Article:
The nonnegotiable brutality of cancer and its logic did not allow Max to take for granted the safe regularity of academia or to languish in the short-breathed excitement of the literary world. Instead, he was impelled to throw himself into life with outlandish glee, determination, and astonishing generosity.
Max and Sarah’s friendship evolved in visits and correspondence: in their first two letters, they had found an informality and ease. He dreamed of becoming a poet. As his cancer returned and he moved toward surgery, their conversations “about art and life,” as she wrote, “took on a new urgency, and our correspondence began in earnest.”
From Max, in the hospital: “I’m clinging more and more to my writing as my panic is increasing.”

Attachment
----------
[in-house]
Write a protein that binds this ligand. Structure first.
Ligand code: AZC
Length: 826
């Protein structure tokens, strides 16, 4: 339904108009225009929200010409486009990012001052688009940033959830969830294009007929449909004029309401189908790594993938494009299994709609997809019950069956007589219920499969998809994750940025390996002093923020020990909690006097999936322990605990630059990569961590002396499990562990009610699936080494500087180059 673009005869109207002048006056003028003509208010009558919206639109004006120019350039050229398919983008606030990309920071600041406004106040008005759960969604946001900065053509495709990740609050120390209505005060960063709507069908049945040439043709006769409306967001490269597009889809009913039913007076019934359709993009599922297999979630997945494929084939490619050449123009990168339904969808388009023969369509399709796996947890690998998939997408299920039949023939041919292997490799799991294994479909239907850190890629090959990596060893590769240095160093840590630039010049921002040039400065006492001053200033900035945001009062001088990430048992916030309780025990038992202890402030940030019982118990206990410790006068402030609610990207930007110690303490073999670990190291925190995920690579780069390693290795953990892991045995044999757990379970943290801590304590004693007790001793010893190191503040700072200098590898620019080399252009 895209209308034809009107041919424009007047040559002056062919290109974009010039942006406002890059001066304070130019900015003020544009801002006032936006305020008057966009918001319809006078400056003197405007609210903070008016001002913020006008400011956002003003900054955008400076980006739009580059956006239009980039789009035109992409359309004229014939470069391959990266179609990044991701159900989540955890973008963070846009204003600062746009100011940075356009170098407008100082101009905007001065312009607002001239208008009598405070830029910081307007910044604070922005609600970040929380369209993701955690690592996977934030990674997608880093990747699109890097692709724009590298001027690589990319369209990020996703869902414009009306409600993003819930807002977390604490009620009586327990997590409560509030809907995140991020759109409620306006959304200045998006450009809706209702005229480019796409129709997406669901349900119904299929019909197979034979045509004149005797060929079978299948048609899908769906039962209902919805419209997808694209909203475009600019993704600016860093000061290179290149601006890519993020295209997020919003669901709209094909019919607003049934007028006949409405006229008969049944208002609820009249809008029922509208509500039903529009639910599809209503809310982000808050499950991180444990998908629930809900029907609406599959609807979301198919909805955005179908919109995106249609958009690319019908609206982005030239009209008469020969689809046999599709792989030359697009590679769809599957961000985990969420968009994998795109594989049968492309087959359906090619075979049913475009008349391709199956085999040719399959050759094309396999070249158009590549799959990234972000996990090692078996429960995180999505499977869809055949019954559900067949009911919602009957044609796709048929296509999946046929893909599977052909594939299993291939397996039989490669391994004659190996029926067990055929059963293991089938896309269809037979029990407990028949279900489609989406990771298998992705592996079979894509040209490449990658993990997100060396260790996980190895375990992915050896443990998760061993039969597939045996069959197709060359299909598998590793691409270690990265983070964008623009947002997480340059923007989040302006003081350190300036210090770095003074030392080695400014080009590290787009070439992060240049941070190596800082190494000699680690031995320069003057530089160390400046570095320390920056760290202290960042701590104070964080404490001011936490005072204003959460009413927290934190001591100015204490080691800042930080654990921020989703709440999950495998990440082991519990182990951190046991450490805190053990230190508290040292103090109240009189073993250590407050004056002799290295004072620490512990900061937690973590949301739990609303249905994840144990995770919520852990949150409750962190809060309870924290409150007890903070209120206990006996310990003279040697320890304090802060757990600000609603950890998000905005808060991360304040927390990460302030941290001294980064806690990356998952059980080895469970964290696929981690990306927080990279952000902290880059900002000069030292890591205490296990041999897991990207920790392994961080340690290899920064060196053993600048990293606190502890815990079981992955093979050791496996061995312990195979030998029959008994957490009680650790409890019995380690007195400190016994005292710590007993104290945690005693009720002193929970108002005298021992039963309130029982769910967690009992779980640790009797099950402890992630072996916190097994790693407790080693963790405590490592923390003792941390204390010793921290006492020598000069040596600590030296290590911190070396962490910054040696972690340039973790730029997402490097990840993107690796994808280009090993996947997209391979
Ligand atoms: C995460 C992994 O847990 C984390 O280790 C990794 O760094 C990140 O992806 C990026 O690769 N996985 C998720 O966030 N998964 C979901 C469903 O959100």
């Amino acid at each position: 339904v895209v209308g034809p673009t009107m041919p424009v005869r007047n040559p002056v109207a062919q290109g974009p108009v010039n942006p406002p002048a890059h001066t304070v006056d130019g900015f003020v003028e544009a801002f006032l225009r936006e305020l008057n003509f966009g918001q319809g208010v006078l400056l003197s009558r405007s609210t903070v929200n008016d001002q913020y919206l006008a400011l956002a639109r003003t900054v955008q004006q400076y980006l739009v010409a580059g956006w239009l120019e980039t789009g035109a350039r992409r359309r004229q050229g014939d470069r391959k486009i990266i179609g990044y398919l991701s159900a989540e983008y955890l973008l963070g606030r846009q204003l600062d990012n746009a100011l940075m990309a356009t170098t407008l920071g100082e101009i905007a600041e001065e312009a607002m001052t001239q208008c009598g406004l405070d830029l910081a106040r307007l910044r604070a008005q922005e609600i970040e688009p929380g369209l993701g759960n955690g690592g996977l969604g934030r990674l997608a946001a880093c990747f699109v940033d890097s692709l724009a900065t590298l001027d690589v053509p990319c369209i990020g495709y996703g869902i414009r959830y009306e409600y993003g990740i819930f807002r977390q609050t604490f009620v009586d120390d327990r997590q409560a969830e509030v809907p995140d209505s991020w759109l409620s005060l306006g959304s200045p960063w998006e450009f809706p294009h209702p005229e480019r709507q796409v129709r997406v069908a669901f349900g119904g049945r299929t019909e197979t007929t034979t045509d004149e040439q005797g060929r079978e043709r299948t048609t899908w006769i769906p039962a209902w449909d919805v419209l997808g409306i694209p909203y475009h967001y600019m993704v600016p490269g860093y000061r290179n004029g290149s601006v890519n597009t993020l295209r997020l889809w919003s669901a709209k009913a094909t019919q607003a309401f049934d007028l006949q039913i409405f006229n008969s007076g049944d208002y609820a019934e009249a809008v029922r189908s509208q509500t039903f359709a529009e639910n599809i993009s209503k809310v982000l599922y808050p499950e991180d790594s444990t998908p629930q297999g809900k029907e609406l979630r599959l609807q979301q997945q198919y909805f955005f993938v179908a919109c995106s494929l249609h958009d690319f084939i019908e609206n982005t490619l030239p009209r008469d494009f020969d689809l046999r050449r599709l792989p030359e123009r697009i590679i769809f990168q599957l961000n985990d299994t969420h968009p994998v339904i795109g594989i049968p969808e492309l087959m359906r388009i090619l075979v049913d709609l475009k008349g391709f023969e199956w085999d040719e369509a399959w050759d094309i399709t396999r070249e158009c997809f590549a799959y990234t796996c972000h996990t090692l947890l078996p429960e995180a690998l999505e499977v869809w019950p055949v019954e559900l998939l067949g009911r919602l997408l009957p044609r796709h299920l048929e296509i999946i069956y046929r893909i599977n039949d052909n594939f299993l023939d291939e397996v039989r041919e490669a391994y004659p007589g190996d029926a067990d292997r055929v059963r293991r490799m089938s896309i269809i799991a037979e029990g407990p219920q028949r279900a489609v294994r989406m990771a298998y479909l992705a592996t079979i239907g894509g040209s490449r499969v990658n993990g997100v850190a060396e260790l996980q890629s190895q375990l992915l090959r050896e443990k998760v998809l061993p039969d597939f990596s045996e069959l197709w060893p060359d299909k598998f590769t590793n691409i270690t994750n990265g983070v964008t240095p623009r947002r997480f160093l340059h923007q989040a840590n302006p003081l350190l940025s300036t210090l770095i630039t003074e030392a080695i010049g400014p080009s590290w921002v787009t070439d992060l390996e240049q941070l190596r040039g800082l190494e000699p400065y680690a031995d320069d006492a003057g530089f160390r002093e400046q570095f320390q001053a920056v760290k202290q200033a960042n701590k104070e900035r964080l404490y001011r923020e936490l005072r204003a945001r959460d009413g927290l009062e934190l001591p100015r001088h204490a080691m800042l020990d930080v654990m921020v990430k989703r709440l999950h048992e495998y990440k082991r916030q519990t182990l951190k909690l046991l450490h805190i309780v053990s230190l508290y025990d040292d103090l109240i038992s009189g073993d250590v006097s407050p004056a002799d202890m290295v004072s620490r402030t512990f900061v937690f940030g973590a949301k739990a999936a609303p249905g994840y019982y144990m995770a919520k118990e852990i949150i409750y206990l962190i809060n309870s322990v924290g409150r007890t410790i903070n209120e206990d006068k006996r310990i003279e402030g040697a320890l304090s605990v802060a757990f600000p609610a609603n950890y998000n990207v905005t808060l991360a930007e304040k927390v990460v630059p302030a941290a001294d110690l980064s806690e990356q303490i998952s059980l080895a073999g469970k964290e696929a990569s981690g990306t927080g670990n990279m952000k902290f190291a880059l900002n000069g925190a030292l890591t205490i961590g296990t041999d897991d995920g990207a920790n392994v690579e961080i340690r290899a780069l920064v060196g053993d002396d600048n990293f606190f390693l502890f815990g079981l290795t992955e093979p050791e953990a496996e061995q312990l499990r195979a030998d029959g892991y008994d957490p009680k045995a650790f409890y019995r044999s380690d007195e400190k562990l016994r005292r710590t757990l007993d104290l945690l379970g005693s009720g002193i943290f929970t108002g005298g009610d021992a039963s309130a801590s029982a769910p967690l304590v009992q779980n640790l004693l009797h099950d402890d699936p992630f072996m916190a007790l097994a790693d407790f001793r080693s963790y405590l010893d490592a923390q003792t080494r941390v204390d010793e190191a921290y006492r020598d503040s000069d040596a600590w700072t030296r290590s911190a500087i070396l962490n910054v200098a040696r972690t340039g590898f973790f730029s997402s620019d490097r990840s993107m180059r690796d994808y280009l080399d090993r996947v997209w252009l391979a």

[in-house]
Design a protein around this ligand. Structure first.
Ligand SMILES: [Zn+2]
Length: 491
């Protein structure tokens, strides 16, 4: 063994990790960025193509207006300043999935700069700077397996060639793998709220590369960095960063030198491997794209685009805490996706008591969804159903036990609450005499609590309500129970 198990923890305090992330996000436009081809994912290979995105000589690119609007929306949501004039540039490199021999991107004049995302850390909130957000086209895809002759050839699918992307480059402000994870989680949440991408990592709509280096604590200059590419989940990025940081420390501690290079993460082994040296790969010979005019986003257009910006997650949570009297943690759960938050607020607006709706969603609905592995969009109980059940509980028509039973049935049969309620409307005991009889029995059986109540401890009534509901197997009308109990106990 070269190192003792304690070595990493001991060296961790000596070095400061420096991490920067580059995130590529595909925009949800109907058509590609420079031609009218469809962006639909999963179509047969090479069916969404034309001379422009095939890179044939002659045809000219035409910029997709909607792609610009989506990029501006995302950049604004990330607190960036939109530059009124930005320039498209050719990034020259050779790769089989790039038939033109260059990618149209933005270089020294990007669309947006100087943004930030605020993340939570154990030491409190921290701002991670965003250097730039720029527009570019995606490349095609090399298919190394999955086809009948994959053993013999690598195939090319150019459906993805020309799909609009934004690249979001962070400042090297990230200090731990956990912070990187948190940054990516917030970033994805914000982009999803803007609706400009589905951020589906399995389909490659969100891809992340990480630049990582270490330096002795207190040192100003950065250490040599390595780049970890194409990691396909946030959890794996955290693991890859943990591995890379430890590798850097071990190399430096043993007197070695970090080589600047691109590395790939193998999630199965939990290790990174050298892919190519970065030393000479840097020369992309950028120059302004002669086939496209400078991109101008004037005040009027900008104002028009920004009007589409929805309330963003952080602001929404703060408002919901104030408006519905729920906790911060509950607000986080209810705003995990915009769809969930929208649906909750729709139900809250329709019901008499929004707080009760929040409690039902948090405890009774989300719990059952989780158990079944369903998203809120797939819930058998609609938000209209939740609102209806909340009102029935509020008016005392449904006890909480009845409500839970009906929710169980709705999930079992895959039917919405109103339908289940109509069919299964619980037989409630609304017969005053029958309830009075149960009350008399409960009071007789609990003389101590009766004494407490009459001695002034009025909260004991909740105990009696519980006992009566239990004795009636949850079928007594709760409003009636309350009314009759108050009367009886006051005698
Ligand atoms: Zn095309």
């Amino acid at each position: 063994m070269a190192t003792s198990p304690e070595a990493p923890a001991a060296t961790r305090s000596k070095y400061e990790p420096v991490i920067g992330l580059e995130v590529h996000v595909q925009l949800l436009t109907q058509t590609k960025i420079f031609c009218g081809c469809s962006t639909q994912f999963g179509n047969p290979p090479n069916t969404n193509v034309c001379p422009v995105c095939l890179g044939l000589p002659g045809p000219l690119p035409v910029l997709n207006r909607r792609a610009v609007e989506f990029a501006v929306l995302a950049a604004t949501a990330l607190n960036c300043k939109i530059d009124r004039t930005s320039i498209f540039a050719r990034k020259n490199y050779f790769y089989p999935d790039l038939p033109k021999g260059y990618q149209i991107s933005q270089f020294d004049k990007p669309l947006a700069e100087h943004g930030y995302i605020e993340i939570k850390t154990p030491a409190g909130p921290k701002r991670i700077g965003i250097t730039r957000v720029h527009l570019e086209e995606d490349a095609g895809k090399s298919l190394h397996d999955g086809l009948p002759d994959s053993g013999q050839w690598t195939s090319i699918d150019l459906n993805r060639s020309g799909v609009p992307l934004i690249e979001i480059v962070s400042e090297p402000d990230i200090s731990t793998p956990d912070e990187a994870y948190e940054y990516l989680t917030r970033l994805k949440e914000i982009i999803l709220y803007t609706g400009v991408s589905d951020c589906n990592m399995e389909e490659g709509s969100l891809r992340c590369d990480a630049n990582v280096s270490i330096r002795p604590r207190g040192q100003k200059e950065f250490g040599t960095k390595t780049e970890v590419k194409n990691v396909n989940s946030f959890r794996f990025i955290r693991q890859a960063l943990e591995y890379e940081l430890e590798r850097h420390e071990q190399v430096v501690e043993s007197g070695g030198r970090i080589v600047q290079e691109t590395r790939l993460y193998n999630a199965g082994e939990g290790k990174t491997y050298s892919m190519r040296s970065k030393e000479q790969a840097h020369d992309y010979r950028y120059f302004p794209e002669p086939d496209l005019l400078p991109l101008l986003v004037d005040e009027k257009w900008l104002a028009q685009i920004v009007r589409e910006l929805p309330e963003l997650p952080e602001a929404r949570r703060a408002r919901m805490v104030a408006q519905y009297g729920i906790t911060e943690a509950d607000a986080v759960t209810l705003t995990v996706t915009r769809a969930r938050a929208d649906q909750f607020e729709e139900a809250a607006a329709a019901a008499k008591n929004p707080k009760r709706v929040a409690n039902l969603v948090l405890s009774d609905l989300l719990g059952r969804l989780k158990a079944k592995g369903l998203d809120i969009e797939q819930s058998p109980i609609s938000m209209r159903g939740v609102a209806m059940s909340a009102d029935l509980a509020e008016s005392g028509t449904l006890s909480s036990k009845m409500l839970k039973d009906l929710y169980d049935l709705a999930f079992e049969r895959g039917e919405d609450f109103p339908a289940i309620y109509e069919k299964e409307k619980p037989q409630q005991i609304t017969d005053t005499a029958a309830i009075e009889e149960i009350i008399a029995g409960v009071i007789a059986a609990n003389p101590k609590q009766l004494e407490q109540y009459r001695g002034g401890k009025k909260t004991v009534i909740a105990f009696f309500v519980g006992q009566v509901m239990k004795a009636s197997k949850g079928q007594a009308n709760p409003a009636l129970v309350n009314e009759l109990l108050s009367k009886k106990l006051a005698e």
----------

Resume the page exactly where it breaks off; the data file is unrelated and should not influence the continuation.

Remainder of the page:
Sarah: “I want you to write in any way that makes sense to you.”
Max: “Everything in my life, the fabric of my life itself, is dissolving. You are not. Maybe I am not?”
Sarah to Max (a poem):
Health does not belong to literature.
I wish it did.
Max is a poet.
Max is a poem.
We all become poems
in the end.
Max graduated, got into the writing program at Columbia, and became a rising star in the New York poetry world. Even with the demands of their separate careers, the two grew closer. Sarah commented on a reading he gave at the 13th Street Repertory Theatre in New York, alongside “luminaries like Jean Valentine. At this time Max was full of brio, and hope. The tumors appeared to be stable. He had a book coming out and a wedding to plan. Max’s readings were extraordinary. . . . he would rotate, wearing his pink kimono while declaiming poetry, arms outstretched, including everyone in his luminous pink gaze.”
Within a few years, Max’s cancer returned in force, and he was subjected to new rounds of experimental chemotherapy. Nonetheless, he pressed on, graduating from Columbia and working to complete another book of poetry. He and Sarah discussed writing their letters in a way that might be suitable for a book.